A common man marvels at uncommon things. A wise man marvels at the commonplace. CONFUCIUS

Saturday, 8 January 2011

Walking As A Cultural And Aesthetic Act (8)

Camino, Spain

Nowadays we take it for granted that walking is a laudable pastime and recreational activity. We tend to give a positive nod to the walkers we see: they are taking exercise, they are getting out in the fresh air, they are enjoying being part of nature. All Good Things. It was not always thus.

Up until the late eighteenth century no one walked unless they could help it, unless they were poor and could not afford horse, carriage or coach. And, for the ubiquitous poor, walking was not always a pleasurable pursuit. It was a means to an end, not an end in itself - the practical, indeed the only way to drive cattle and pigs to market, to reach crops grown on feudal agricultural strips, to visit friends and family. Beyond the village, routes were uncertain, if not dangerous. Highwaymen and footpads roamed the highways and byways, and folk in other settlements could be suspicious of, or downright hostile to, strangers. Even as late as 1782 the German minister Carl Moritz, walking across England, found himself abused by innkeepers, and ejected from hostelries where he wished to spend the night. His crime? He was on foot! He wrote: A traveller on foot in this country seems to be considered as a sort of wild man, or an out-of-the-way being, who is stared at, pitied, suspected, and shunned by everybody that meets him.

But, by the early nineteenth century, all of this had changed. Influenced by the philosopher Jean-Jacques Rousseau, who originated the idea of the 'noble savage' living free and uncorrupted in the wild, poets and writers like William Wordsworth and Henry David Thoreau wholeheartedly embraced the cultural, aesthetic and moral value of nature. And, to get close to nature, you had to walk through it. Thoreau's two-year sojourn in a hut by Walden Pond in Concord, Massachusetts, is well known. He wrote: When we walk, we naturally go to the fields and the woods: what would become of us, if we walked only in a garden or a mall?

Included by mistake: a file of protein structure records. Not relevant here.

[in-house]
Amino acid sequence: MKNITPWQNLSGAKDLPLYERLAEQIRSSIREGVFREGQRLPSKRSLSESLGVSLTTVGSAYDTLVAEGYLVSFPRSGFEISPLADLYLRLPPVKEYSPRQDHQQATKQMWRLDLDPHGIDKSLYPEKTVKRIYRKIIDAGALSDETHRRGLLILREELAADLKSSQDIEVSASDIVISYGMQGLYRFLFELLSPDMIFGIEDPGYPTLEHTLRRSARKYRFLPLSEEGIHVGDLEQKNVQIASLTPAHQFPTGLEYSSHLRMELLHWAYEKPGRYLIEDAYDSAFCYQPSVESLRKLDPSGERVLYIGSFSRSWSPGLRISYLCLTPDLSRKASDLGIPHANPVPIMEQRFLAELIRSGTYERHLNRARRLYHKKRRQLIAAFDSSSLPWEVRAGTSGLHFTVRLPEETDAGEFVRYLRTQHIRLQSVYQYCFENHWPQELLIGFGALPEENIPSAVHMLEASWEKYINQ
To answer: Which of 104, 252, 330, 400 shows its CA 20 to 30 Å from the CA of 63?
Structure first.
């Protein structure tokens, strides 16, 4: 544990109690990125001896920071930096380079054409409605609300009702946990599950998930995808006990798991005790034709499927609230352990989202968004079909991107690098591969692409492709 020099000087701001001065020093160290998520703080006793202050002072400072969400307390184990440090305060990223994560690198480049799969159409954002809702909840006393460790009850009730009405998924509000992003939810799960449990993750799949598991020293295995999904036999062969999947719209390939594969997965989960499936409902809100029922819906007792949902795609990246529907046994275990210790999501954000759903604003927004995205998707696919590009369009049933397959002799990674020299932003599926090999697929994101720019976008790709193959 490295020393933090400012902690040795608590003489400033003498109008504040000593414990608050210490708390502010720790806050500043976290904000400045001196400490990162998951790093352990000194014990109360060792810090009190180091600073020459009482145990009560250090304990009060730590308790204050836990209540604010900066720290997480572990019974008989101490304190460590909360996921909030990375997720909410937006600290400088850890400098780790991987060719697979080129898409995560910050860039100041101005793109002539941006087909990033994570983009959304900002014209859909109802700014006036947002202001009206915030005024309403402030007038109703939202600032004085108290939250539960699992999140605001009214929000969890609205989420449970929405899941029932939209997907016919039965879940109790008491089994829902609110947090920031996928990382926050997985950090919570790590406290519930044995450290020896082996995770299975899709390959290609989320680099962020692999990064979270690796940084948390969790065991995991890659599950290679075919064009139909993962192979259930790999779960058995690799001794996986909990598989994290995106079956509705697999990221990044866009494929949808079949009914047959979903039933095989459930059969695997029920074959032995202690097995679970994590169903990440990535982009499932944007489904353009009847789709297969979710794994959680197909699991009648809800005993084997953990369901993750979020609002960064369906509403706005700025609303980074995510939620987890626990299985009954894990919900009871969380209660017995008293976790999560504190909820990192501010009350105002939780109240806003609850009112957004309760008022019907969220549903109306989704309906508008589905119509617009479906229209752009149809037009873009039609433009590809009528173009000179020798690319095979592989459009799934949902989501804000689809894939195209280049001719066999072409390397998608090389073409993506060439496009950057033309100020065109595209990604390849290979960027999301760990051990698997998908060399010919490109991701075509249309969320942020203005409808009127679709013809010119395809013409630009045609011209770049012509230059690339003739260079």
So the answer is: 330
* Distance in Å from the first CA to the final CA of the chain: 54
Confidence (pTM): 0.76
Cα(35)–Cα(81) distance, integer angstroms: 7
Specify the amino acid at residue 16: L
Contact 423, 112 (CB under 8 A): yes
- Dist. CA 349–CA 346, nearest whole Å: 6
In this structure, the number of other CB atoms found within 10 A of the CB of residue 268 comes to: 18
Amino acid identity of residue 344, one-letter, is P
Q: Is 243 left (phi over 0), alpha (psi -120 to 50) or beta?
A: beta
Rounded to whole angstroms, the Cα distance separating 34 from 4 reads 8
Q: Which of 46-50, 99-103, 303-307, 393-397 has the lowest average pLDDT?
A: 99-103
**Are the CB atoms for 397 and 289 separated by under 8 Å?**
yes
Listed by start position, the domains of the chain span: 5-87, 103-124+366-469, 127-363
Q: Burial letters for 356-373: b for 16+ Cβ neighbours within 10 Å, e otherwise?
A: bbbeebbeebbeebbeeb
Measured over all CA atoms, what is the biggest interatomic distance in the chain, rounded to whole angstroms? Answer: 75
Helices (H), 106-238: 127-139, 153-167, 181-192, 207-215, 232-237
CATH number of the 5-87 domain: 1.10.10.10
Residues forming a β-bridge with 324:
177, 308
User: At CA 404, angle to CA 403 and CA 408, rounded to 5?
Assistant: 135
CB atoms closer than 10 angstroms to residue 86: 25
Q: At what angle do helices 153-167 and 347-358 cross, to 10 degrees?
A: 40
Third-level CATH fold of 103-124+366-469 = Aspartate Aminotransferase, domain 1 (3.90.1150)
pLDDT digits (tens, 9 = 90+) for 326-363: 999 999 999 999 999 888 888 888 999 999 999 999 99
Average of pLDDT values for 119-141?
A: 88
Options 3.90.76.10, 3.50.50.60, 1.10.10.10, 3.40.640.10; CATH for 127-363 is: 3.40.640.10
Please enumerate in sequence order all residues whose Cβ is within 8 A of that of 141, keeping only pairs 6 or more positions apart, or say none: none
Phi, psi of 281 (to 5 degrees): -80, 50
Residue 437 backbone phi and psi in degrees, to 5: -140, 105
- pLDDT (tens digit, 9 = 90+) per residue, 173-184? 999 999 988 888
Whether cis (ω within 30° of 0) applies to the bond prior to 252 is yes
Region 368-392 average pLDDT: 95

And Wordsworth - often accompanied by his sister, Dorothy, or fellow Romantics like Coleridge or De Quincey - must have walked tens of thousands of miles during his lifetime. He would regularly cover fifteen or twenty miles a day, and, even when at home in his Lakeland cottage, would stride endlessly up and down the garden in a creative reverie. Walking in nature gave him solace and inspiration, and he would commonly compose his poems while walking, rather than at his desk. To return to Thoreau, Thoreau also wrote: When a traveler asked Wordsworth's servant to show him her master's study, she answered, 'Here is his library, but his study is out of doors.' Wordsworth's masterpiece of a poem, The Prelude, is really just a long walk in words. 

Throughout the nineteenth century, this walking lark really caught on. Tourism was invented - helped by the boom of the railways - and people travelled further, and walked further, to admire and be awestruck at picturesque views, raging cataracts and terrifying mountain scenery. Hikers and climbers started to explore the European Alps and other mountain chains. Souvenirs were manufactured, and cameras began to record it all. The activity of walking also began to appear in the literature of the day. If you read Jane Austen's Pride and Prejudice or Thomas Hardy's Tess of the d'Urbervilles, you'll find they are full of people walking.


Arija said...

In Europe through the ages walking through large tracts of landscape was the joy of the journeyman walking to far away towns to seek out a master of his craft, learn as much as he could and move on to another, thus seeing not only his country but also neighbouring ones as he perfected his trade. Scholars walked from one university, sometimes half way across the continent seeking advances in other universities. They wore what we now consider 'the academic gown', a garment that not only proclaimed their calling but also served as balanced bags for carrying any food begged or bought in the sewn up sleeves.

The Solitary Walker said...

So many thanks for telling us about the journeyman artisans and itinerant scholars, Arija. The picture is a far richer and more complex one one than my brief post could deal with, and I'm really grateful to you for filling in some of the colourful and fascinating deatails!